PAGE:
Over the past eighteen months the blog has become more and more focused on rescue, education, advocacy and outreach. Alison said, “Many of the posts and the Healthy Dog, Healthy You Challenge include a fundraising component to support shelters or rescues that are doing important animal welfare work around the country. My hope is to create a judgement-free community where we can laugh together, cry together, support one another and take action together in having a positive impact on animal welfare initiatives and, specifically in shifting societal perceptions about pit bull type dogs.”
Her favorite posts, and why
DIY Ball Pit for Dogs
is her most popular post and she said, “It’s kind of hilarious my most popular post remains my DIY (fail) post about my attempts to make a ball pit for my dogs. I am not known for my crafting/DIY skills.”
7 Ways to Help Pit Bulls in Your Community Today about which she said, “There are so many awful stories out there about the plight of pit bull type dogs. I wanted to share some practical and easy ways to help these misunderstood and maligned dogs in your own community.”
Changing the Conversation About Pit Bulls Is her y interview and book review with author, Bronwen Dickey about her book, Pit Bull: The Battle Over an American Icon is still one of her favorite posts.
Pick up Your Dog Poop, In this post I try to encourage (rant about) being a responsible dog parent. This is a humor piece with a purpose.
What got her into the blogging and pet world?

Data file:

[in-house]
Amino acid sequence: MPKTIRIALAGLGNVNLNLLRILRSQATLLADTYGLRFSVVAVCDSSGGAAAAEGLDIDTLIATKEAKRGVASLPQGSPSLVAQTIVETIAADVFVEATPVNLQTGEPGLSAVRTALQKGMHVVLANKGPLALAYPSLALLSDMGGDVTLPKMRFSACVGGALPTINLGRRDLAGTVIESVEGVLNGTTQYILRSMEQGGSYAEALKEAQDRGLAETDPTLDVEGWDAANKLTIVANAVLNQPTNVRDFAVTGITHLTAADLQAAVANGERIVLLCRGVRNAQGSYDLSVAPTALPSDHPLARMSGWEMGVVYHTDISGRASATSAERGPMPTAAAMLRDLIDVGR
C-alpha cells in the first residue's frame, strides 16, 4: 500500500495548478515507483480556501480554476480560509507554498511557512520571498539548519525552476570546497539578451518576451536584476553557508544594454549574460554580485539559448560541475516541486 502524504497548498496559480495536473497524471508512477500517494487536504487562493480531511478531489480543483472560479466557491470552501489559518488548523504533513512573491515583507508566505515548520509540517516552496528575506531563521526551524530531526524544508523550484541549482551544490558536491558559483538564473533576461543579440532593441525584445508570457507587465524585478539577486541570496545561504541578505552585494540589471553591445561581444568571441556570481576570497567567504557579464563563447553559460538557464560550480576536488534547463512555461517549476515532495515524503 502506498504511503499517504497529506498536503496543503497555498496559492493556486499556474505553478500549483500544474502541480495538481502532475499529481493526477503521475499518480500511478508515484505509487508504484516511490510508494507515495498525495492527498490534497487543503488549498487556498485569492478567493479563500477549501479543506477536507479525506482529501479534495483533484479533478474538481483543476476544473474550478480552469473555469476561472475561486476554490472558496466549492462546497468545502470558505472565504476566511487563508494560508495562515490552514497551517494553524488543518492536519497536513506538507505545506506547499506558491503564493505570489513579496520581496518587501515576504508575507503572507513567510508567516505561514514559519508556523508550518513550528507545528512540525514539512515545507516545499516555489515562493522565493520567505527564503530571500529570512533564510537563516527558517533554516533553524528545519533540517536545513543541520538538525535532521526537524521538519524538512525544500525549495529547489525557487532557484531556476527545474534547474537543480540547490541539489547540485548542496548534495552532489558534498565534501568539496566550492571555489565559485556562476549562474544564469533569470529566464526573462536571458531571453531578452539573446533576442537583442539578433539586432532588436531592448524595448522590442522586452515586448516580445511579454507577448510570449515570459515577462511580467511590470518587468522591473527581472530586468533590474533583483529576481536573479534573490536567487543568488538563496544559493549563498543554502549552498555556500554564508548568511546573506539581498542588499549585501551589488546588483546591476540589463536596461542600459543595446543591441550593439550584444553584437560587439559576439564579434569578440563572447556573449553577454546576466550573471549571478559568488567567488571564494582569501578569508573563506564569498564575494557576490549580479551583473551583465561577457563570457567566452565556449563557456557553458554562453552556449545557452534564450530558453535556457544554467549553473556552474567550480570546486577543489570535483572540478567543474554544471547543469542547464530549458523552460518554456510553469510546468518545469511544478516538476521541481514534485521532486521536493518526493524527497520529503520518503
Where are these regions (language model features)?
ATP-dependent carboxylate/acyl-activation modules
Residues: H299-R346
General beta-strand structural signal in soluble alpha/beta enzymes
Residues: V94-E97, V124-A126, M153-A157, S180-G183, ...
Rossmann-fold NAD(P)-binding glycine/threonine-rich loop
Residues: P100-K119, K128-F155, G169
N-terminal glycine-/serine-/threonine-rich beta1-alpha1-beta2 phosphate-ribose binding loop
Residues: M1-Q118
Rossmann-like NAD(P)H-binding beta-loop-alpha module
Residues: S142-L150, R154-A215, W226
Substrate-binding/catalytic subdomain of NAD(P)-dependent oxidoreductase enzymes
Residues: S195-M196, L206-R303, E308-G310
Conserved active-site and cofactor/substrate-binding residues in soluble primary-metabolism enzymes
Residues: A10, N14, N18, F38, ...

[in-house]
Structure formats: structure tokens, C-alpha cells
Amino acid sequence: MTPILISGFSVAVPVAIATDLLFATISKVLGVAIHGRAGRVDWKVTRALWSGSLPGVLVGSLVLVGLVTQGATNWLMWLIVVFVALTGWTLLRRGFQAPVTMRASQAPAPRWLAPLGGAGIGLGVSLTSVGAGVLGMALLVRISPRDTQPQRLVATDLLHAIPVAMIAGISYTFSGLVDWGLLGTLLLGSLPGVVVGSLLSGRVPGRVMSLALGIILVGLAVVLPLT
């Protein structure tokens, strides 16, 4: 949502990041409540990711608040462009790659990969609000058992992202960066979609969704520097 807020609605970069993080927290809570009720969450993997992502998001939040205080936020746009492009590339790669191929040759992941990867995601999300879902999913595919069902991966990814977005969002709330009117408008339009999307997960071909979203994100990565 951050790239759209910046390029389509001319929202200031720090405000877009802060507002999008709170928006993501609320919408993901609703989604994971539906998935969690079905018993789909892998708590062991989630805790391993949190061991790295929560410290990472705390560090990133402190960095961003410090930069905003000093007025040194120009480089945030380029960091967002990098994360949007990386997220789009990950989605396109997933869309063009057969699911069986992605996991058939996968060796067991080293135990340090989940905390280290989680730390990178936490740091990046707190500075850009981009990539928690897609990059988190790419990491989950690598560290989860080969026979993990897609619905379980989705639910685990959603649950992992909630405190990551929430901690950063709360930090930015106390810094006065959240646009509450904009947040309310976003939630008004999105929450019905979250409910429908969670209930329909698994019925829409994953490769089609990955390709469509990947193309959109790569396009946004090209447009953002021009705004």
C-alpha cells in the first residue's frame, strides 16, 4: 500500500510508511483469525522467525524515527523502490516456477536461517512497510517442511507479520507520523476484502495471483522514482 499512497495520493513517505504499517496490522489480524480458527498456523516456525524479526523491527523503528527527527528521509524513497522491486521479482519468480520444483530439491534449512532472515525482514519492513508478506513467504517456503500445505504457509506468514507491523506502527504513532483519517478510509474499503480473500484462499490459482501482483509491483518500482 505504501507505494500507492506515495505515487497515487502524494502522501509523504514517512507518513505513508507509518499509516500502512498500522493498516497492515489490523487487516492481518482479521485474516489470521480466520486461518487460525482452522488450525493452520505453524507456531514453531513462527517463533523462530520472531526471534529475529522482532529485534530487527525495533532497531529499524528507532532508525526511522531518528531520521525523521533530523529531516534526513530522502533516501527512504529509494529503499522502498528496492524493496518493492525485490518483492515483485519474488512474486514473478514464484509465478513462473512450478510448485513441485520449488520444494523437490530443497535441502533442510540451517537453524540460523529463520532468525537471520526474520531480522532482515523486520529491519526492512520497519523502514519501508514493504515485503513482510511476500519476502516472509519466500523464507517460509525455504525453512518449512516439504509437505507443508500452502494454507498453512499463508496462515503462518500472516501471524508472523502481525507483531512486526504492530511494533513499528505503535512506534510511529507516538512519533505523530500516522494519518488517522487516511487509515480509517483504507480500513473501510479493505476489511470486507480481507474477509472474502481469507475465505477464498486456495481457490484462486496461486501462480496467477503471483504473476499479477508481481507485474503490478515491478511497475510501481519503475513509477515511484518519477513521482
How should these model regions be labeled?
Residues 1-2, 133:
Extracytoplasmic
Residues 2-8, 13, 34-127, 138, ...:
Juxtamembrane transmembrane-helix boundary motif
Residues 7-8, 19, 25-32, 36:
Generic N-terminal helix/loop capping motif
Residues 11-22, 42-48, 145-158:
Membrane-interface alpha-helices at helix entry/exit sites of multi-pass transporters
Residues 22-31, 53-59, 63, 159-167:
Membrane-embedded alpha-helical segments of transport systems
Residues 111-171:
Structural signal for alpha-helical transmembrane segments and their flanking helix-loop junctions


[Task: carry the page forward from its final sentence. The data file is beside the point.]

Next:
- I blog to help overturn Breed Specific Legislation (BSL).
- I blog to help end puppy mills and dog fighting.
- I blog to build and connect with a community that shares my passion for animal welfare, loves funny stories and adorable dog pictures and is interested in changing the conversation about pit bull type dogs.
“I hope my writing and talking about these issues helps create positive change for how pit bulls are viewed and that it inspires others to get involved not only on behalf of bully breeds but in all aspects of rescue and animal welfare,” she said. “Sarcastic Dog is also committed to supporting health and wellness activities for dogs and their humans and this has had a tremendously positive impact on my own life, the health of my own dogs and, hopefully on others. ”
Alison said, “For me the blog has become a platform for advocacy and outreach. Through Sarcastic Dog, I have met some of the most incredible and talented animal welfare activists all over the country – all over the world, really – for which I am grateful.”
Her work on the blog and her volunteer rescue work, inspired her to learn more and do more so she recently completed a certification in shelter management. “I hope to have an even greater positive impact on reducing return to shelter rates and increasing community access to resources like training and behavioral support among other things. Sarcastic Dog has encouraged me to dust off my masters in nonprofit management and I am currently exploring the possibility of starting my own nonprofit rescue, advocacy and outreach organization. I am also looking for work in the animal welfare world where I can have a more direct positive impact.”